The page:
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  • 1. Børøsund, E.
    et al.
    Cvancarova, M.
    Moore, S. M.
    Ekstedt, Mirjam
    KTH, School of Technology and Health (STH), Health Systems Engineering, Systems Safety and Management.
    Ruland, C. M.
    Comparing effects in regular practice of e-communication and web-based self-management support among breast cancer patients: Preliminary results from a randomized controlled trial2014In: Journal of Medical Internet Research, ISSN 1438-8871, E-ISSN 1438-8871, Vol. 16, no 12, article id e295Article in journal (Refereed)
    Abstract [en]

    Background: While Web-based interventions have been shown to assist a wide range of patients successfully in managing their illness, few studies have examined the relative contribution of different Web-based components to improve outcomes. Further efficacy trials are needed to test the effects of Web support when offered as a part of routine care. Objective: Our aim was to compare in regular care the effects of (1) an Internet-based patient provider communication service (IPPC), (2) WebChoice, a Web-based illness management system for breast cancer patients (IPPC included), and (3) usual care on symptom distress, anxiety, depression, (primary outcomes), and self-efficacy (secondary outcome). This study reports preliminary findings from 6 months' follow-up data in a 12-month trial. Methods: We recruited 167 patients recently diagnosed with breast cancer and undergoing treatment from three Norwegian hospitals. The nurse-administered IPPC allowed patients to send secure e-messages to and receive e-messages from health care personnel at the hospital where they were treated. In addition to the IPPC, WebChoice contains components for symptom monitoring, tailored information and self-management support, a diary, and communication with other patients. A total of 20 care providers (11 nurses, 6 physicians, and 3 social workers) were trained to answer questions from patients. Outcomes were measured with questionnaires at study entry and at study months 2, 4, and 6. Linear mixed models for repeated measures were fitted to compare effects on outcomes over time. Results: Patients were randomly assigned to the WebChoice group (n=64), the IPPC group (n=45), or the usual care group (n=58). Response rates to questionnaires were 73.7% (123/167) at 2 months, 65.9 (110/167) at 4 months, and 62.3% (104/167) at 6 months. Attrition was similar in all study groups. Among those with access to WebChoice, 64% (41/64) logged on more than once and 39% (25/64) sent e-messages to care providers. In the IPPC group, 40% (18/45) sent e-messages. Linear mixed models analyses revealed that the WebChoice group reported significantly lower symptom distress (mean difference 0.16, 95% CI 0.06-0.25, P=.001), anxiety (mean difference 0.79, 95% CI 0.09-1.49, P=.03), and depression (mean difference 0.79, 95% CI 0.09-1.49, P=.03) compared with the usual care group. The IPPC group reported significant lower depression scores compared with the usual care group (mean difference 0.69, 95% CI 0.05-1.32, P=.03), but no differences were observed for symptom distress or anxiety. No significant differences in self-efficacy were found among the study groups. Conclusions: In spite of practice variations and moderate use of the interventions, our results suggest that offering Web support as part of regular care can be a powerful tool to help patients manage their illness. Our finding that a nurse-administered IPPC alone can significantly reduce depression is particularly promising. However, the multicomponent intervention WebChoice had additional positive effects.

  • 2. Christensen, Sara E.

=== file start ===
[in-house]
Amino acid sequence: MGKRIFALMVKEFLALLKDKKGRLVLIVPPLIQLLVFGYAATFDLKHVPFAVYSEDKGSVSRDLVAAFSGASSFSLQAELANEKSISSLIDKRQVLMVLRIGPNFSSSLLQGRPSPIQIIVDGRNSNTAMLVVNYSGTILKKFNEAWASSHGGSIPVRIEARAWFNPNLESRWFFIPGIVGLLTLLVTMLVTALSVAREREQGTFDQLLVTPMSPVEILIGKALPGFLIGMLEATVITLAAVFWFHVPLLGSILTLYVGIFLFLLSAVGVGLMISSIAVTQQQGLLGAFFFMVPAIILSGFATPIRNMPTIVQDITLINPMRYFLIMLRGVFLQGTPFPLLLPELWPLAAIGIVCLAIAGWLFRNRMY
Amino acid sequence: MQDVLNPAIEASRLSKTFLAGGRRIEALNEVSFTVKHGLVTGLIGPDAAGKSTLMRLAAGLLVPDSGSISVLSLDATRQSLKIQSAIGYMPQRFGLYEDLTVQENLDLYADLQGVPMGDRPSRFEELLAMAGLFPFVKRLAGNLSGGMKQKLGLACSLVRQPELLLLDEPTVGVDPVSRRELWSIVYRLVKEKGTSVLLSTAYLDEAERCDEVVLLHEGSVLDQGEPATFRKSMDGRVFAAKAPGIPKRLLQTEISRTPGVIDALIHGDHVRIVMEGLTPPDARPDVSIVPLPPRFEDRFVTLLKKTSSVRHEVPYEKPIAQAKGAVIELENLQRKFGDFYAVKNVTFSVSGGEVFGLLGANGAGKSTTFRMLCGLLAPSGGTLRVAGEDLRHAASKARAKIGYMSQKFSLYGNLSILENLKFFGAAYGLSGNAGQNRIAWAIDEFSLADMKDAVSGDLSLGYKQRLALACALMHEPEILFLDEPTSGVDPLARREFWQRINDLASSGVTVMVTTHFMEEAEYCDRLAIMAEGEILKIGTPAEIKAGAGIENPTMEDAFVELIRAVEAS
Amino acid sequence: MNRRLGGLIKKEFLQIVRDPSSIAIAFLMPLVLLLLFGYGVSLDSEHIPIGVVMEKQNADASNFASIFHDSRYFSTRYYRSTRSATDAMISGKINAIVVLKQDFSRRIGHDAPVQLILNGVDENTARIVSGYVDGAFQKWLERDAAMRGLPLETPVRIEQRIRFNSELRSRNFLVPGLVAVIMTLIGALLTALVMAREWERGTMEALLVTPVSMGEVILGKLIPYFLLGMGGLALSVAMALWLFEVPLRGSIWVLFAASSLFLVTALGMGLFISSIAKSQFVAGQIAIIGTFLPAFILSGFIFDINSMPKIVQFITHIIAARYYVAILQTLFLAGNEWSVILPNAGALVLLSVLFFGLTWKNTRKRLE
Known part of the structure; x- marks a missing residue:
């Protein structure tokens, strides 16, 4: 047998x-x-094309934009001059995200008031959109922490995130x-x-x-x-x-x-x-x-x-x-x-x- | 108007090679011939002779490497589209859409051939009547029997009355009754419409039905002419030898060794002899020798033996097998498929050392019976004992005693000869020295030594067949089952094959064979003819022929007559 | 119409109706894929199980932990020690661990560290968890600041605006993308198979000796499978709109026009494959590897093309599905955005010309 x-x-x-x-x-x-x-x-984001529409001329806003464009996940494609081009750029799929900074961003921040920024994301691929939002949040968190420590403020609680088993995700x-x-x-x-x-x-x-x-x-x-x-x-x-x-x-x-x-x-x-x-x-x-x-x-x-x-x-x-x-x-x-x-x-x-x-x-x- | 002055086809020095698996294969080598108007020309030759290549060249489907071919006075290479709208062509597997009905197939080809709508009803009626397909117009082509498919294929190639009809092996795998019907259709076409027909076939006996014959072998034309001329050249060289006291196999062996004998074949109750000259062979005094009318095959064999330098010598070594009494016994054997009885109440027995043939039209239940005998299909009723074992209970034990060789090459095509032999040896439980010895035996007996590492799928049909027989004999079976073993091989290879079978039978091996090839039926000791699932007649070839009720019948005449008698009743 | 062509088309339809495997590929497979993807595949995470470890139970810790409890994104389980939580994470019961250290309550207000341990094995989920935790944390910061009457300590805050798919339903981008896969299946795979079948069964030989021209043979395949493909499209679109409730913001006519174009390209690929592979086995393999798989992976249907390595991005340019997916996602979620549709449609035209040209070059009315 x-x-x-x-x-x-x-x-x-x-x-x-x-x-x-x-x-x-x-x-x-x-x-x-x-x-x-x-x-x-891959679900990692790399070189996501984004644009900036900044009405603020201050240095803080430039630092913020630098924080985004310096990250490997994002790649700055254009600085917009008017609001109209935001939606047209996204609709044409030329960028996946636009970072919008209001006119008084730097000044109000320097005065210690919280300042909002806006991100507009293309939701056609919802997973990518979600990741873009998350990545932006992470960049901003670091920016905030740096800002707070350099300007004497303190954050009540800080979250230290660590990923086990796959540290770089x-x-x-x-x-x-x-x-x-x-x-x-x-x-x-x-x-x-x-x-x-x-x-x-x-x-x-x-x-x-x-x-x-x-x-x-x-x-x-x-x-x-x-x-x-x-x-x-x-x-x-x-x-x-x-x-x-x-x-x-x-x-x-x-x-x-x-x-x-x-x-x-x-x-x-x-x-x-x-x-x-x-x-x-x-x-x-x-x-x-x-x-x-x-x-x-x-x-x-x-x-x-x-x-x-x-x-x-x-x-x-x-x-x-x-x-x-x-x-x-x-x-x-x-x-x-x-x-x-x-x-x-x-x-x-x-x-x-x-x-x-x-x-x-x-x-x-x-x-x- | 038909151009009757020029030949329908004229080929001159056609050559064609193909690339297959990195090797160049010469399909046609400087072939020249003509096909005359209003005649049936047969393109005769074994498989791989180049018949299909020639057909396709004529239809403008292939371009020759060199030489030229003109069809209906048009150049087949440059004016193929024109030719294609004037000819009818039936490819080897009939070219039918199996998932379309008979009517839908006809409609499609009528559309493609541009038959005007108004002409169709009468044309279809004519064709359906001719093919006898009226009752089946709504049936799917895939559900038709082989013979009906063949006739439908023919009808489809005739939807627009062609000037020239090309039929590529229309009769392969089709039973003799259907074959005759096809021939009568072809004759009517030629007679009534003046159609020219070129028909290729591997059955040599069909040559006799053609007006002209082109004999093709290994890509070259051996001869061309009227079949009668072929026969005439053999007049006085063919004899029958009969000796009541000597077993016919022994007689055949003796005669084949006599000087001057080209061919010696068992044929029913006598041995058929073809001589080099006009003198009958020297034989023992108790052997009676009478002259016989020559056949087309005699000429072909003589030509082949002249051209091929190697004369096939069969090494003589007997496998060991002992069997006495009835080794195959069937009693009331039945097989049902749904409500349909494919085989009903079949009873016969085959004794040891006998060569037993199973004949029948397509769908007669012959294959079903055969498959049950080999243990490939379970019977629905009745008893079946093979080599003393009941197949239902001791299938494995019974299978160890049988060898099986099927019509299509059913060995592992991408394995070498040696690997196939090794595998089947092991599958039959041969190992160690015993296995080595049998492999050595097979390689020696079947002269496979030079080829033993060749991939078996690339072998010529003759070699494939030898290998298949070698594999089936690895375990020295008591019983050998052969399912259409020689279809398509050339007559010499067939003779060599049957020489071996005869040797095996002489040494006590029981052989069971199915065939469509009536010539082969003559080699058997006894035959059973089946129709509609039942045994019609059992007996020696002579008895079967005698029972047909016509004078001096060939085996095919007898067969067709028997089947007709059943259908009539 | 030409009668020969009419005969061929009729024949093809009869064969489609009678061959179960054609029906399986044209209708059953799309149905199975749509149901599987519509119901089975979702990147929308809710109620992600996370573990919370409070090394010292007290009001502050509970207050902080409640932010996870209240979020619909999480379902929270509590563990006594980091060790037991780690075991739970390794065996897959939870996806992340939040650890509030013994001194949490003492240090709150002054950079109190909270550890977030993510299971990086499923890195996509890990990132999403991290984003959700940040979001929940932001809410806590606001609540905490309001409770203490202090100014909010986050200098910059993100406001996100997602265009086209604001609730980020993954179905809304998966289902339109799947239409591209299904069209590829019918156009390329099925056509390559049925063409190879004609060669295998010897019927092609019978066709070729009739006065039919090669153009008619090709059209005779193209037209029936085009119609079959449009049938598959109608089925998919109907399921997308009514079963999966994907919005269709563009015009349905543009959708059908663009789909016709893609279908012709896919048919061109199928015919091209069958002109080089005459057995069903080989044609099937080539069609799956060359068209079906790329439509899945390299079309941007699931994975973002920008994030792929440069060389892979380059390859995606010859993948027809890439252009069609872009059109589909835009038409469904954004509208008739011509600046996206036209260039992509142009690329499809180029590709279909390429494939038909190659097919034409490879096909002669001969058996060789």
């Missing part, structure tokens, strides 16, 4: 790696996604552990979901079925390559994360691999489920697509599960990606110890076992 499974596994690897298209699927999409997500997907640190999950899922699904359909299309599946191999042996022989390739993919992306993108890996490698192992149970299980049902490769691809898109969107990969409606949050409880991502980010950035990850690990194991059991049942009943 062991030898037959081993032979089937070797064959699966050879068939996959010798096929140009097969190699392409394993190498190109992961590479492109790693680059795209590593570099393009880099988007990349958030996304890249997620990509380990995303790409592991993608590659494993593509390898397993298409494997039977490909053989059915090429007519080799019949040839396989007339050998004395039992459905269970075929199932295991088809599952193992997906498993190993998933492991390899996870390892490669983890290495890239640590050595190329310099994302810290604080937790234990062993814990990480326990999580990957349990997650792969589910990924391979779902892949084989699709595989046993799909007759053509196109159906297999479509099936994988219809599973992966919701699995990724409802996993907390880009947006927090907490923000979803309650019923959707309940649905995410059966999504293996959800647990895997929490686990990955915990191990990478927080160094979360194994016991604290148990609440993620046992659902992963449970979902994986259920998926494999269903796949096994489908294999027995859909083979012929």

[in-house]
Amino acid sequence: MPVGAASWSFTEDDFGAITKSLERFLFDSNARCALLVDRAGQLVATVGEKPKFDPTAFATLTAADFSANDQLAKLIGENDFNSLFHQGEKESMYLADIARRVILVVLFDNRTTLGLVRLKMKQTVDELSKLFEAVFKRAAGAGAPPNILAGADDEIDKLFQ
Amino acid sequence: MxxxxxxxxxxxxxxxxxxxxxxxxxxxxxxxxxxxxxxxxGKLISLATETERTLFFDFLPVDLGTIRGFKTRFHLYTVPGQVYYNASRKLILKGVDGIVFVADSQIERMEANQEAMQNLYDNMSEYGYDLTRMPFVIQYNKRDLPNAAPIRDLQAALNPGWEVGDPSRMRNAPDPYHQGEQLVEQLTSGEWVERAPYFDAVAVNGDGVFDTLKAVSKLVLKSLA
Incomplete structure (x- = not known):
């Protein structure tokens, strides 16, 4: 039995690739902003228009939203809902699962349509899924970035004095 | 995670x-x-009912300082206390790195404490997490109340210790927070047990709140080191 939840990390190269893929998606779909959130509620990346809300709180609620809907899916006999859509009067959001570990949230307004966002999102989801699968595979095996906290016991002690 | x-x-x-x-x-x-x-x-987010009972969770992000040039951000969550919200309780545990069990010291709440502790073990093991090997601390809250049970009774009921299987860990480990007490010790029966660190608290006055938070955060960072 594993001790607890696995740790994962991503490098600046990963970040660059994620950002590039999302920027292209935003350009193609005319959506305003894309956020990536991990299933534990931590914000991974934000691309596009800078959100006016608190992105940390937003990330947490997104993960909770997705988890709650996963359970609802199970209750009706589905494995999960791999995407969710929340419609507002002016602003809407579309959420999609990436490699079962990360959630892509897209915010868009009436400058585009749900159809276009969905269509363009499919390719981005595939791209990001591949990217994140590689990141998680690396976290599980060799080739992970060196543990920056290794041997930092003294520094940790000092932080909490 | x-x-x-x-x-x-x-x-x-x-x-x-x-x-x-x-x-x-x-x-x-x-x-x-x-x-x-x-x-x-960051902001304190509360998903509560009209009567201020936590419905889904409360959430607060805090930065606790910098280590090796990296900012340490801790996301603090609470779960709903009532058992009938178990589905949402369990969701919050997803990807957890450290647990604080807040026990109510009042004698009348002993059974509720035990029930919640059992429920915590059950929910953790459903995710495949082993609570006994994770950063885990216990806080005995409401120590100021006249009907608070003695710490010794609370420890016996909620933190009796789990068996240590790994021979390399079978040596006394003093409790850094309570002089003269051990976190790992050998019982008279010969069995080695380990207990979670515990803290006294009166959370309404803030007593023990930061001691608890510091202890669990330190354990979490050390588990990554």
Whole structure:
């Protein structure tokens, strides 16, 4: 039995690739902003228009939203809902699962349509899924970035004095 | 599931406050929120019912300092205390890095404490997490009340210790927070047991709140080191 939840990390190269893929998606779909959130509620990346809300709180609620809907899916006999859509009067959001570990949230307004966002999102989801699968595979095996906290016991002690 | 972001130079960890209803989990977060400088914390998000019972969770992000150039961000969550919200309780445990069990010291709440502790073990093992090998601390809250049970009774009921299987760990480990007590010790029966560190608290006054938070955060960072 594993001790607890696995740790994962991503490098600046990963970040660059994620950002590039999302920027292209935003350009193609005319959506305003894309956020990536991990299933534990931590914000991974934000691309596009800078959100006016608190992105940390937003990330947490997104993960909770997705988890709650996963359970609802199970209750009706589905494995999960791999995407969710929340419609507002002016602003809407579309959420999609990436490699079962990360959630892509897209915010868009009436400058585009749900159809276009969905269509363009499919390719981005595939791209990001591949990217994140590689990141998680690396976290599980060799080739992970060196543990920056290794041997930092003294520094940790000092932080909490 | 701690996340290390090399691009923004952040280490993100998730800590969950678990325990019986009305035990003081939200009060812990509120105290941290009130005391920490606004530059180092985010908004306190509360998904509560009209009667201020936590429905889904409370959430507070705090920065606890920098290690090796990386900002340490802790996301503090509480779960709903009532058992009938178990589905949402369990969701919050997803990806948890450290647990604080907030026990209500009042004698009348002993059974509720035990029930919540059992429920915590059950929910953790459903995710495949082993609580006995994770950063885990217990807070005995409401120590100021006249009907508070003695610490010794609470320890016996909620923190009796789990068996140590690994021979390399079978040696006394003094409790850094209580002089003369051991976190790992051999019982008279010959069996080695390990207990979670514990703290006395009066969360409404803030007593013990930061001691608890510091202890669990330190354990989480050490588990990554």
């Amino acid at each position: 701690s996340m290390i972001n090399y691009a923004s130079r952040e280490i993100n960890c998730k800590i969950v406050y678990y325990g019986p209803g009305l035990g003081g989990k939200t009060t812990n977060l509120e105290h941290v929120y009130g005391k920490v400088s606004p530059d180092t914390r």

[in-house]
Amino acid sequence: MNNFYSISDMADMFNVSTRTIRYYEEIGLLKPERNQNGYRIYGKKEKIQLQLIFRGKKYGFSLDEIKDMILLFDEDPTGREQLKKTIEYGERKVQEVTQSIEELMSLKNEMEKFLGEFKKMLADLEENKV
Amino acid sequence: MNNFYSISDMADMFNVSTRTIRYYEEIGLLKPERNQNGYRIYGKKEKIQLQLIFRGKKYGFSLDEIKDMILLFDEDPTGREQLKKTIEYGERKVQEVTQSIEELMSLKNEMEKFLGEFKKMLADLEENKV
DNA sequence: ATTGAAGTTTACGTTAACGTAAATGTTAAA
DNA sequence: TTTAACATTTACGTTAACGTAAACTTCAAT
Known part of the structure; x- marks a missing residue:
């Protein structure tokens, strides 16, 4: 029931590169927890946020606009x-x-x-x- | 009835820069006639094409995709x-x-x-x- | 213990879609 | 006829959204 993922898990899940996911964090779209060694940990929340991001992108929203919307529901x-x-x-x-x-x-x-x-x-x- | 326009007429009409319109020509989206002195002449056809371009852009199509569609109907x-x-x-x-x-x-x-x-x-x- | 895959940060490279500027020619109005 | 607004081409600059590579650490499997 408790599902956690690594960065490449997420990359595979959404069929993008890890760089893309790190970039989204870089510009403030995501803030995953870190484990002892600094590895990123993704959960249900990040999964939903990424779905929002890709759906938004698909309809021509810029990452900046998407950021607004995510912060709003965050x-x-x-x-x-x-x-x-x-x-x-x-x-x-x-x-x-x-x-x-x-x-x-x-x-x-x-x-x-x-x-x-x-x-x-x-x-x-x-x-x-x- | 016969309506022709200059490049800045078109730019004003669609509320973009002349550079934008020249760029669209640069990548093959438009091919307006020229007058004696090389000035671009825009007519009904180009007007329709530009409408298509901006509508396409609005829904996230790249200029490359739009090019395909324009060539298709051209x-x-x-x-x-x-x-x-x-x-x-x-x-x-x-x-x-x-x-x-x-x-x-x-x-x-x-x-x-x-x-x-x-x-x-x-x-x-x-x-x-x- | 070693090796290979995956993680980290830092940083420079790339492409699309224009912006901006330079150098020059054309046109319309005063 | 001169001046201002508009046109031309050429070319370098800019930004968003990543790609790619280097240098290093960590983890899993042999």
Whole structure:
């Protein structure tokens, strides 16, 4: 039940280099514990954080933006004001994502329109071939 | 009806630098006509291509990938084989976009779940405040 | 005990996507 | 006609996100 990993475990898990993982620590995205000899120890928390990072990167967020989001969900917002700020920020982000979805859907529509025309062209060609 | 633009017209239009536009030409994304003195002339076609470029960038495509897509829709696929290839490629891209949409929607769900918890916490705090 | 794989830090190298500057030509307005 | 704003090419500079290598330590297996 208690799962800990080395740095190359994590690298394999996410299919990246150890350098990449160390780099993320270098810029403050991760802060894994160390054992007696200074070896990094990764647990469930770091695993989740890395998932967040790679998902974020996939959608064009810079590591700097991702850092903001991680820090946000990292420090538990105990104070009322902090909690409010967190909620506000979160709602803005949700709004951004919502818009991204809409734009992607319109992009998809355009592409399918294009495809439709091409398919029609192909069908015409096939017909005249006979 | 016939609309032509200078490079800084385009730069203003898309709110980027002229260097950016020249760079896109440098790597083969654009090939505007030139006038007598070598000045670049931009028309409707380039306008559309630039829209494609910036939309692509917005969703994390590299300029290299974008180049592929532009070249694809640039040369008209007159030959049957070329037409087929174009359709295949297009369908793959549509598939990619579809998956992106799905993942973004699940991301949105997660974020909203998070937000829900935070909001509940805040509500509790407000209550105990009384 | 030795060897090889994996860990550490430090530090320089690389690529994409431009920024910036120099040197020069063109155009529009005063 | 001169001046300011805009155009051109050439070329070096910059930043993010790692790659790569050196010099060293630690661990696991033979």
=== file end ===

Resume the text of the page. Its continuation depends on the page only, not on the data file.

et al.
    Möller, Elisabeth
    Bonn, Stephanie E.
    Ploner, Alexander
    Bälter, Olle
    KTH, School of Computer Science and Communication (CSC), Media Technology and Interaction Design, MID.
    Lissner, Lauren
    Bälter, Katarina
    Relative Validity of Micronutrient and Fiber Intake Assessed With Two New Interactive Meal- and Web-Based Food Frequency Questionnaires2014In: Journal of Medical Internet Research, ISSN 1438-8871, E-ISSN 1438-8871, Vol. 16, no 2, p. e59-Article in journal (Refereed)
    Abstract [en]

    Background: The meal-and Web-based food frequency questionnaires, Meal-Q and MiniMeal-Q, were developed for cost-efficient assessment of dietary intake in epidemiological studies. Objective: The objective of this study was to evaluate the relative validity of micronutrient and fiber intake assessed with Meal-Q and MiniMeal-Q. The reproducibility of Meal-Q was also evaluated. Methods: A total of 163 volunteer men and women aged between 20 and 63 years were recruited from Stockholm County, Sweden. Assessment of micronutrient and fiber intake with the 174-item Meal-Q was compared to a Web-based 7-day weighed food record (WFR). Two administered Meal-Q questionnaires were compared for reproducibility. The 126-item MiniMeal-Q, developed after the validation study, was evaluated in a simulated validation by using truncated Meal-Q data. Results: The study population consisted of approximately 80% women (129/163) with a mean age of 33 years (SD 12) who were highly educated (130/163, 80% with >12 years of education) on average. Cross-classification of quartiles with the WFR placed 69% to 90% in the same/adjacent quartile for Meal-Q and 67% to 89% for MiniMeal-Q. Bland-Altman plots with the WFR and the questionnaires showed large variances and a trend of increasing underestimation with increasing intakes. Deattenuated and energy-adjusted Spearman rank correlations between the questionnaires and the WFR were in the range rho=.25-.69, excluding sodium that was not statistically significant. Cross-classifications of quartiles of the 2 Meal-Q administrations placed 86% to 97% in the same/adjacent quartile. Intraclass correlation coefficients for energy-adjusted intakes were in the range of .50-.76. Conclusions: With the exception of sodium, this validation study demonstrates Meal-Q and MiniMeal-Q to be useful methods for ranking micronutrient and fiber intake in epidemiological studies with Web-based data collection.

  • 3.
    Christensen, Sara
    et al.
    Karolinska Institutet.